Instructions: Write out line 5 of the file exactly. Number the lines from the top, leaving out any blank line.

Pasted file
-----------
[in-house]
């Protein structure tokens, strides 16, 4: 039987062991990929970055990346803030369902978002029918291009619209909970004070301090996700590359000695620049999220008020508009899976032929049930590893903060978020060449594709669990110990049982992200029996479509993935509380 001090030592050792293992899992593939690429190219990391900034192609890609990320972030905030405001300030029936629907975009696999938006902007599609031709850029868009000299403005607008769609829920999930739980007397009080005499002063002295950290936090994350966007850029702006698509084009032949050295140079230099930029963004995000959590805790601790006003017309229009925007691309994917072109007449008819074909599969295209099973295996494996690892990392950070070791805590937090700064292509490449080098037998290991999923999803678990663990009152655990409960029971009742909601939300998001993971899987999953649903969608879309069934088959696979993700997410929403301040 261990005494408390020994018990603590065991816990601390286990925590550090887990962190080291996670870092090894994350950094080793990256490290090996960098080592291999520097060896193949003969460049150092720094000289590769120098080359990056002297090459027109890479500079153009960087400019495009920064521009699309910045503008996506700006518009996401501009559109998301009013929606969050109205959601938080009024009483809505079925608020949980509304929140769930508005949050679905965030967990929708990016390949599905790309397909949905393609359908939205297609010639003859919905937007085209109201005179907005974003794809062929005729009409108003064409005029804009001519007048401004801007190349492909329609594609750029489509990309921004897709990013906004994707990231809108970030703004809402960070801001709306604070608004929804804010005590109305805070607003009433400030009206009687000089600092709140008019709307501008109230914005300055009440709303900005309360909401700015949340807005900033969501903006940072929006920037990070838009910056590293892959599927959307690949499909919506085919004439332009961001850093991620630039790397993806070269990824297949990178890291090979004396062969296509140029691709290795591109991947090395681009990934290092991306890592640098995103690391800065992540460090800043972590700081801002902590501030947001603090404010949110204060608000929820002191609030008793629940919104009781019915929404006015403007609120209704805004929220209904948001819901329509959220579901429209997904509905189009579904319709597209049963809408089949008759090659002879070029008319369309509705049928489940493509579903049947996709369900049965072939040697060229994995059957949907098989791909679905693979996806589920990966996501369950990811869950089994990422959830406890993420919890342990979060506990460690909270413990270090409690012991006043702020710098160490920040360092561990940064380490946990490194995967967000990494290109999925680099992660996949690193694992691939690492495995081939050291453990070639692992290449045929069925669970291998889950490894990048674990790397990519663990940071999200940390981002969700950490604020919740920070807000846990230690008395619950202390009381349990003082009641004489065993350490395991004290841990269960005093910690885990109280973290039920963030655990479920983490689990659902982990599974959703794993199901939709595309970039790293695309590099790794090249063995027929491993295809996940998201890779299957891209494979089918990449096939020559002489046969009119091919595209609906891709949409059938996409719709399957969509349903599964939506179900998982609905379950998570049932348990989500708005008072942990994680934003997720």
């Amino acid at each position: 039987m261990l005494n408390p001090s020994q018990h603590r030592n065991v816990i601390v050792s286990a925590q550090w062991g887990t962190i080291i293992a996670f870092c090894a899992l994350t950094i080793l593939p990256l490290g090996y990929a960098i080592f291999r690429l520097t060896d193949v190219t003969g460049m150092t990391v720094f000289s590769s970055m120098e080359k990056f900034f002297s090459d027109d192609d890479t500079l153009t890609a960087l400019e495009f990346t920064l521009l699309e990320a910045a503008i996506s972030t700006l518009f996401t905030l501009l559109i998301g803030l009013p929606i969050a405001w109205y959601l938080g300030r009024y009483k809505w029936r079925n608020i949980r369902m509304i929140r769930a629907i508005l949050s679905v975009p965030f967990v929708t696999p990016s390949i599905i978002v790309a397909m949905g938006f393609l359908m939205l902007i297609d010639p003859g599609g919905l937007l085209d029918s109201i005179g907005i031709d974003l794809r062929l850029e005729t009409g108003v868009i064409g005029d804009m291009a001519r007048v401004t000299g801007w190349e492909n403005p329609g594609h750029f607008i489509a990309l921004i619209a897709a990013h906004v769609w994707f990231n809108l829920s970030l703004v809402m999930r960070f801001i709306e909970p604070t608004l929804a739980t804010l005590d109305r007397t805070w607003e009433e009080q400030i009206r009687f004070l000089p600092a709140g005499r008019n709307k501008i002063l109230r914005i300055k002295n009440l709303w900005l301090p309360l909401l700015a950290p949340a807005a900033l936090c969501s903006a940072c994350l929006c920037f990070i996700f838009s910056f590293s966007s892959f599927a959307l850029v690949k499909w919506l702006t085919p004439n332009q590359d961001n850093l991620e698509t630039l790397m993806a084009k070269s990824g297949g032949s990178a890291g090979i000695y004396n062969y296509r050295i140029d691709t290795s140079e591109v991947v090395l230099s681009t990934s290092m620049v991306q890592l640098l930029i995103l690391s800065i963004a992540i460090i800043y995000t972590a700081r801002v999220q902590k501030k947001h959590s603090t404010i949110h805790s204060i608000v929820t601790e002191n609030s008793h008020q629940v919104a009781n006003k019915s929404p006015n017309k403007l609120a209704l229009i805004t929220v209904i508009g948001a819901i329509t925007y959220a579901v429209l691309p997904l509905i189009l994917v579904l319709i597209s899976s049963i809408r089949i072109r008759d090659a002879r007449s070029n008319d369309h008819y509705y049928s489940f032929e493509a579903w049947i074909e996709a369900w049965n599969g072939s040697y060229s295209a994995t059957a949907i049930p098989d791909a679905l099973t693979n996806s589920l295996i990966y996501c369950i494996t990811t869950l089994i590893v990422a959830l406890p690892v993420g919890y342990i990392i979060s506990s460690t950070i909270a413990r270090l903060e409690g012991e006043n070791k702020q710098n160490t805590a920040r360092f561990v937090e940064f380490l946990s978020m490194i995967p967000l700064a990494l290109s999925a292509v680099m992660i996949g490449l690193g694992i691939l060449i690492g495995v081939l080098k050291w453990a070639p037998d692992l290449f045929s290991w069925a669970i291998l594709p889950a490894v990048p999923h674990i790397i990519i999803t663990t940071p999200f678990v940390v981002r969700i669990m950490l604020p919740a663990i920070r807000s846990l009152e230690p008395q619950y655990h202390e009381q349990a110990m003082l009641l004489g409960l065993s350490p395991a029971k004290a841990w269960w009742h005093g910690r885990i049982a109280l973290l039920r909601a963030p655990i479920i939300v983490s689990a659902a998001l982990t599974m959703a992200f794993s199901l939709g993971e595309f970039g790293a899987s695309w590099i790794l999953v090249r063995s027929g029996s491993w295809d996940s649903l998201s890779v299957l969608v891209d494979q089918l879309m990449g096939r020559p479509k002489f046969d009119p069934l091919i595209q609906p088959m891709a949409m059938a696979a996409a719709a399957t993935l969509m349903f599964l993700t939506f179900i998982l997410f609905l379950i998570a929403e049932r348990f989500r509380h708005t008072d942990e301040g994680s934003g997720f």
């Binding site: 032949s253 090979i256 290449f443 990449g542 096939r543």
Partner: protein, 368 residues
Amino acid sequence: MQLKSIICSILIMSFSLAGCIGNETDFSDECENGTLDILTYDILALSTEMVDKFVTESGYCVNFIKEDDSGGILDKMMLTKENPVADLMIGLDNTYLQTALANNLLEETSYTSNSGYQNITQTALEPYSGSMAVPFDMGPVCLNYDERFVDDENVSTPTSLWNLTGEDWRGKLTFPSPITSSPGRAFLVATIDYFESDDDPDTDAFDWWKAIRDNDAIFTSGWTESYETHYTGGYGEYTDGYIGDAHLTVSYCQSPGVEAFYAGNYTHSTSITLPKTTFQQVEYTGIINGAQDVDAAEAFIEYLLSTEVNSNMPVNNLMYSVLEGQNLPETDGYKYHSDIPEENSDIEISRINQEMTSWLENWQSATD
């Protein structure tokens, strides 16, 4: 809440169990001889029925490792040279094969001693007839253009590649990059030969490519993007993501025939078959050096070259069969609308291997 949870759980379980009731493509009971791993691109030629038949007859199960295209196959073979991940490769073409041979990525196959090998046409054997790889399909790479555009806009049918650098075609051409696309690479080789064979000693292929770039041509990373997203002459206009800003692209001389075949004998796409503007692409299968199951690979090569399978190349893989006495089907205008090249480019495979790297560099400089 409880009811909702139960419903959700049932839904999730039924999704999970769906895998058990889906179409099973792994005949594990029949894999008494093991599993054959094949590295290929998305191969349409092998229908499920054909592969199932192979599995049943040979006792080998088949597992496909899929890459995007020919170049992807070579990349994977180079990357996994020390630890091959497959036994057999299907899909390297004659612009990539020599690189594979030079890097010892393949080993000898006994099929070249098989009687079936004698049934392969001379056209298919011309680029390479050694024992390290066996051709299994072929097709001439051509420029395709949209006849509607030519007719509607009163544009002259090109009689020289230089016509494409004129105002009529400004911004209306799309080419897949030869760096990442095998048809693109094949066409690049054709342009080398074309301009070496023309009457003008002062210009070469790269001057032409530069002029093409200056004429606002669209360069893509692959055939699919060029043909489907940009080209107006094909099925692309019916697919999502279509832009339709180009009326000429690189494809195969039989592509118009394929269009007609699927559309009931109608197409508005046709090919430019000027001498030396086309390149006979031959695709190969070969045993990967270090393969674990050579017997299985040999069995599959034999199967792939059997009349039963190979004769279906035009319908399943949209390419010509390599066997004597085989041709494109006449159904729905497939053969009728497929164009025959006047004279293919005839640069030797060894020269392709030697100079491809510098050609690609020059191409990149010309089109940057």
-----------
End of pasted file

Partner: protein, 368 residues